A Bad Review?

Nate Hagerty
Posted by Nate Hagerty on Jul 26, 2021 1:44:46 PM

What’s the big deal about online reviews? I mean, yes I use them when I’m checking out a new restaurant. Yes, I read them when looking for a plumber to fix my leaky shower. And yes, I’m definitely reading reviews when shopping for a new phone, TV, book, laptop, microphone, or lawn mower.

Do you think business owners are reading reviews about YOUR office before making an appointment with you?

You can bet on it. Not only that, but the online search engines care about reviews just as much as your prospects do. 

So, hoping you never get a bad one shouldn't be the only way you think about online reviews. Instead, follow the four steps listed here to intentionally generate positive online reviews.

Review sites rank very high in search.

That means that aside from your firm's main website, local listings sites are the most influential and powerful sources of new clients for service professionals. Especially for tax and accounting professionals, whose clients rely heavily upon "word of mouth."

This is the new "word of mouth."

The generation of positive online reviews has become yet another must-have on the digital marketing checklist for accounting professionals and business advisors, alongside every other industry out there.

And because it’s not a one-and-done kind of task, my agency has learned that the best way to tackle this SEO-boosting and prospect-converting enterprise is to bake it into your everyday routine. Let’s talk about how to make that happen...

1) Accept it.

You need online reviews. Period. It’s become regular practice for consumers to check a business’s reviews when shopping and comparing options for services. If a competitor has 165 mostly-positive reviews and you have 2, the outcome is easy to predict.

Google is also going to reward the 165 reviews with a listing that appears higher than yours in search results. Guess who is going to get the click.

So accept that you need them, and let’s move on to how to get them.

2) Understand the platforms.

On which review platforms should you focus your efforts? For accountants and business advisors like you, our research and experience show that Google My Business (GMB) is going to be the review engine that gets you the most results, from a traffic perspective. Traffic to your website, traffic to your phone and traffic to your office.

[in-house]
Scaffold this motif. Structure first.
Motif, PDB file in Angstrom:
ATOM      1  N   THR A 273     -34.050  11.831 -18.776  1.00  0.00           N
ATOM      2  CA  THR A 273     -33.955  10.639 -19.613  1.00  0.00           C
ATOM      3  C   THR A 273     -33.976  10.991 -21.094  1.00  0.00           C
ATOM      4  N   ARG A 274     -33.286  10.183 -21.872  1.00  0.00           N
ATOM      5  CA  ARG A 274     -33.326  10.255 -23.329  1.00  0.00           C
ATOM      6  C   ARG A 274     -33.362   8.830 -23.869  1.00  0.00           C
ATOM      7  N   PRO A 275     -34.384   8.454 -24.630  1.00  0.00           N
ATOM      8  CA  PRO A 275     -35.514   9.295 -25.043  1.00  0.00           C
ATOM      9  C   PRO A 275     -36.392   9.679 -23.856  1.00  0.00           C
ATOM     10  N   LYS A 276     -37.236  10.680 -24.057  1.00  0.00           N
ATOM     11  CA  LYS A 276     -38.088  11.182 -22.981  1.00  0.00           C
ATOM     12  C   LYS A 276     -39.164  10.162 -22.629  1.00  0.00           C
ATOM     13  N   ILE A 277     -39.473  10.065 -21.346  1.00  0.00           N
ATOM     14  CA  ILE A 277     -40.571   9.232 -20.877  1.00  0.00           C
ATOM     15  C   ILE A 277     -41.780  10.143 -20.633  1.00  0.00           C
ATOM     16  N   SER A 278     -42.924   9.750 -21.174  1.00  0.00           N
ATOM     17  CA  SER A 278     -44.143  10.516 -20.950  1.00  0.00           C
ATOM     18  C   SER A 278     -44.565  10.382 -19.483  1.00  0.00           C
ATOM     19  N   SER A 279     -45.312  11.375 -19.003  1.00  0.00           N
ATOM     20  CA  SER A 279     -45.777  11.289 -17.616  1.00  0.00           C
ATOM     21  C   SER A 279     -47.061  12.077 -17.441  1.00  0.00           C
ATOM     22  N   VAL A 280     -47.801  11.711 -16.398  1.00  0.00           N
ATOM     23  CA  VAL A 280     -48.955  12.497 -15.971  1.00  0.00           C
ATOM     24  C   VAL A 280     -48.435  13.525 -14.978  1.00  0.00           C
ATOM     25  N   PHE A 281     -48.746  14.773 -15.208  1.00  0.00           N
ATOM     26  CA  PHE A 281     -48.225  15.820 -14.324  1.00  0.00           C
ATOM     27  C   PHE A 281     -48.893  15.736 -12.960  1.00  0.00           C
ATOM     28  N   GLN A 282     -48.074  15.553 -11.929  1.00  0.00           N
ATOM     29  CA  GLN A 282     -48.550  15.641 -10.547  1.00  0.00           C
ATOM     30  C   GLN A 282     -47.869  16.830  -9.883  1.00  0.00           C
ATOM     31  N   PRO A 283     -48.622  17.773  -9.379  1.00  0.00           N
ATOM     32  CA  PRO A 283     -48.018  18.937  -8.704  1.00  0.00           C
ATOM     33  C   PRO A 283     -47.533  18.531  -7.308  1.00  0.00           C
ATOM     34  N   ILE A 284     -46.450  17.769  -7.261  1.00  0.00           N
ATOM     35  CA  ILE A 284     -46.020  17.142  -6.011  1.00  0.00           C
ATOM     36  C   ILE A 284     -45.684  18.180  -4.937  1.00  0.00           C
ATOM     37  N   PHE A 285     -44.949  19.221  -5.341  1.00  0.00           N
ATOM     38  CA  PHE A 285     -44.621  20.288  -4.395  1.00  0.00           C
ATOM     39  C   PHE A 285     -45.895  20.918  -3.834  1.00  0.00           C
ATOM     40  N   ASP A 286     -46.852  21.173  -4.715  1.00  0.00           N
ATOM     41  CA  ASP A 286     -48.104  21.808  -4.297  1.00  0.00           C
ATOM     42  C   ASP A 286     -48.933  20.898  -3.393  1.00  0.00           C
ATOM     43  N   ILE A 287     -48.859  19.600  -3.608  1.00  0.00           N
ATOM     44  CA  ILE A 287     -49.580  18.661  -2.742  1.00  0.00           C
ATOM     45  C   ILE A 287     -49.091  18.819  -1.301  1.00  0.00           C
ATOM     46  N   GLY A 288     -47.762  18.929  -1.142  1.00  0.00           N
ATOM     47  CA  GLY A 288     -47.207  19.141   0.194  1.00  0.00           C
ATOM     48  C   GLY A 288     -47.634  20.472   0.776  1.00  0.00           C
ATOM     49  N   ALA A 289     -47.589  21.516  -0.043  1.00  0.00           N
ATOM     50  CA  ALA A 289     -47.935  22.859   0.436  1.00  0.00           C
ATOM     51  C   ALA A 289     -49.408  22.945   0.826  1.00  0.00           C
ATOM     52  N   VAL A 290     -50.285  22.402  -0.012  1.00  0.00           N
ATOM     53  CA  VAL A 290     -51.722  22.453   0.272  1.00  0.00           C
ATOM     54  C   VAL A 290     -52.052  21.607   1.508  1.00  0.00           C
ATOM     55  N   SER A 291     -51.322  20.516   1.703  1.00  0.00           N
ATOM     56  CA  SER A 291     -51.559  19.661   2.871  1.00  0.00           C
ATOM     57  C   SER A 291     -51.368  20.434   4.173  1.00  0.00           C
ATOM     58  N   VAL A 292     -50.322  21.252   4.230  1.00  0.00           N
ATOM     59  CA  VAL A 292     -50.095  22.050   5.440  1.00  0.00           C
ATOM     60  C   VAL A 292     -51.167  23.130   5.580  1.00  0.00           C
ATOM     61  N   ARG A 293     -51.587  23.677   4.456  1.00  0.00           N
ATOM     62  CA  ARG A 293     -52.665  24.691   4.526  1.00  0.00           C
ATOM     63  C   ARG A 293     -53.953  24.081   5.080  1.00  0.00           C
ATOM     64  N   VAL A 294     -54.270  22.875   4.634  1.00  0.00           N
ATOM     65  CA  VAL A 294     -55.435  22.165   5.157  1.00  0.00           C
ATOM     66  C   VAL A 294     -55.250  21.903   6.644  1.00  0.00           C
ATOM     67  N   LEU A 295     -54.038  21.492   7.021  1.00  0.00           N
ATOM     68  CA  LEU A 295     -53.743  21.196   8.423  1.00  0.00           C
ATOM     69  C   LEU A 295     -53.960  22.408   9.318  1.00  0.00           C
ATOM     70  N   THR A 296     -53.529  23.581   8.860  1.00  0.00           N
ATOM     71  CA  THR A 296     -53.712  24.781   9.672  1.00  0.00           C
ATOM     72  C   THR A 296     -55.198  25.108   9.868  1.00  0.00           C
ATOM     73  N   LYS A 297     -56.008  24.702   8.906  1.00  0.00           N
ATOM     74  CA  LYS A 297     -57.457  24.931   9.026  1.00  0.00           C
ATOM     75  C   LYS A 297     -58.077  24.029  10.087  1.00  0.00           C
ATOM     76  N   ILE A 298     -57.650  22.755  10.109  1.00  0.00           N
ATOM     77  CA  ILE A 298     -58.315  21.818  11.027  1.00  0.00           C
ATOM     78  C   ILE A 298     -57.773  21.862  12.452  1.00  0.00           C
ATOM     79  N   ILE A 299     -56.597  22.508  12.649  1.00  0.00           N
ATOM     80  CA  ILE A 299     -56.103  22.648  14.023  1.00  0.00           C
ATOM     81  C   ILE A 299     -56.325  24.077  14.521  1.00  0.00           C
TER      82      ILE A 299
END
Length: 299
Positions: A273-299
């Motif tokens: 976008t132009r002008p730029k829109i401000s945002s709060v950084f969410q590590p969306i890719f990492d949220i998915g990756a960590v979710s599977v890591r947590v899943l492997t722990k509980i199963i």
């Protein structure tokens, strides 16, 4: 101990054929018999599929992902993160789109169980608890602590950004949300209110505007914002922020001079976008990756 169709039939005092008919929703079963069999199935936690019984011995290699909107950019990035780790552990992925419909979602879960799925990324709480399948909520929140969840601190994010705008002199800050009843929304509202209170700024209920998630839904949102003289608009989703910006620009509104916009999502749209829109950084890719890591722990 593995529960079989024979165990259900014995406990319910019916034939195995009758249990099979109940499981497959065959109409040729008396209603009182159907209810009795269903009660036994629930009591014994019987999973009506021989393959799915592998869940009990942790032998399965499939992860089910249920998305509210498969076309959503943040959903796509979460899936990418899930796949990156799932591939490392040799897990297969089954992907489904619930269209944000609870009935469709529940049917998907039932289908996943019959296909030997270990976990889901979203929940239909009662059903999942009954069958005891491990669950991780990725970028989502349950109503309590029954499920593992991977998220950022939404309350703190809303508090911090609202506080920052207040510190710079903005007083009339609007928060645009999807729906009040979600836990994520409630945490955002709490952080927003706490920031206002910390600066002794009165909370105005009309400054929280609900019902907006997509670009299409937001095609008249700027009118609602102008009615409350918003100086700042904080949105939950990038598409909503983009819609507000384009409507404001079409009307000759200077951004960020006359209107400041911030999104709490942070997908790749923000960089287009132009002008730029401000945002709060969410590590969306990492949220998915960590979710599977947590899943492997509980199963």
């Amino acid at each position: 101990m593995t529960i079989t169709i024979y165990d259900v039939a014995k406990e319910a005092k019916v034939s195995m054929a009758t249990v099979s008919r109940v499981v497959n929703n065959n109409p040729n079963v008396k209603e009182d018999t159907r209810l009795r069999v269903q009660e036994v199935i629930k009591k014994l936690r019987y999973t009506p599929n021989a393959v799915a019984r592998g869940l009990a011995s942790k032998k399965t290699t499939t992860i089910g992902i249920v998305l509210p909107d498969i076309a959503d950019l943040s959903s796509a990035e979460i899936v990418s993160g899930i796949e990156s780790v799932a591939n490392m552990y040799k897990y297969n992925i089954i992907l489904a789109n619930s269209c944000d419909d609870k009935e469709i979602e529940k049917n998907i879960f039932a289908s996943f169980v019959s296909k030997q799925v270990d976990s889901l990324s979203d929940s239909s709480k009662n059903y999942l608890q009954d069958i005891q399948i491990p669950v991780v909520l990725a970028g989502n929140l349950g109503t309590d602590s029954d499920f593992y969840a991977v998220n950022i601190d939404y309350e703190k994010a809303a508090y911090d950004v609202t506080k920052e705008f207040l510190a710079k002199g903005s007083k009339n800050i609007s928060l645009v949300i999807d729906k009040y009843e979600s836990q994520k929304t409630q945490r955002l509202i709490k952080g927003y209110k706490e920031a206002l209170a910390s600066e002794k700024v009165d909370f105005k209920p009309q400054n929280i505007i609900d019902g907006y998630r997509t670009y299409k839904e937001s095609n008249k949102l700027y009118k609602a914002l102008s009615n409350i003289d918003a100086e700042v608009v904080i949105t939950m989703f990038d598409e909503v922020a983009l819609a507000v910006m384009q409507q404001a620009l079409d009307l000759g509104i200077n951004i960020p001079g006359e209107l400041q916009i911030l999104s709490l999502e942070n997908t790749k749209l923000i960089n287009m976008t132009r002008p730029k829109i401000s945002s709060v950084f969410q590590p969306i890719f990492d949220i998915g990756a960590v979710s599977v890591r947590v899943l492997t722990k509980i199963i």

GMB reviews are just as much for your prospects as for your search visibility online. Having a strong review presence has been shown to increase website traffic by 360%. Numerous positive reviews will be rewarded both by leads and by Google.

After GMB, Facebook is the next most important platform for reviews for this industry.

3) The wrong way.

There is a wrong way and there is a right way to generate online reviews. Steer clear from anyone or any software that promises to "generate positive reviews" for you.

Really, you need to steer clear of any automated forms of review solicitation or aggregation of ANY kind.

We've had some high-level phone conversations with founding executives at Yelp, and one of the things we discussed was the proliferation of services that do this -- and why Yelp, Google, Facebook, et al are cracking down hard on this practice. Essentially, they want reviews to be an "organic" process, and it is a direct violation of their Terms Of Service to "bulk solicit for any kind of reviews.  Consequences can be dire, even up to public shaming by the platforms.

We have seen businesses get ALL of their reviews and ratings eliminated by Google or Yelp because they were able to detect that all of the reviews came from one single IP address (in the office, for example), or were garnered via an automated "review builder" machine. (Incidentally, there are a few of these review-generation services in the tax and accounting industry, even now, and we strongly urge you to avoid them, as they violate the Terms of Service for multiple of the "Big Four" review sites.)

It’s now way too late in the game for that type of strategy. (Have I told you that online marketing is  constantly changing?) The “robots” are catching on to the issue of fake reviews and those who are late adopters of the review generation tech are going to be hung out to dry -- and soon.

4) The right way.
Personally encourage your clients to post reviews. BUT, this is a tricky proposition because you can get into HOT WATER (with Yelp especially) for "soliciting reviews" by any automated or bulk means.

So, here are some of those baked-in practices you should be incorporating into your regular business routines:

  • Link directly to your reviews listings in your email signature.
  • In your automated post-appointment email sequences, mention your review sites and provide easy links for clients to click.
  • Instruct your receptionist to invite happy clients to leave reviews during phone and in-person conversations.
  • When a client tells you how much success they’re having because of your services, invite them to share that testimony in an online review.

The main point is that you have to be intentional about it. Be sincere, be direct and make it easy.

We’ve seen the benefits that a well-reviewed business receives in lead generation. It’s non-negotiable for good marketing practice. And it’s why we make review generation a regular part of the marketing systems we put in place for our clients.

Neglect this at your peril.

Topics: Practice Growth


 

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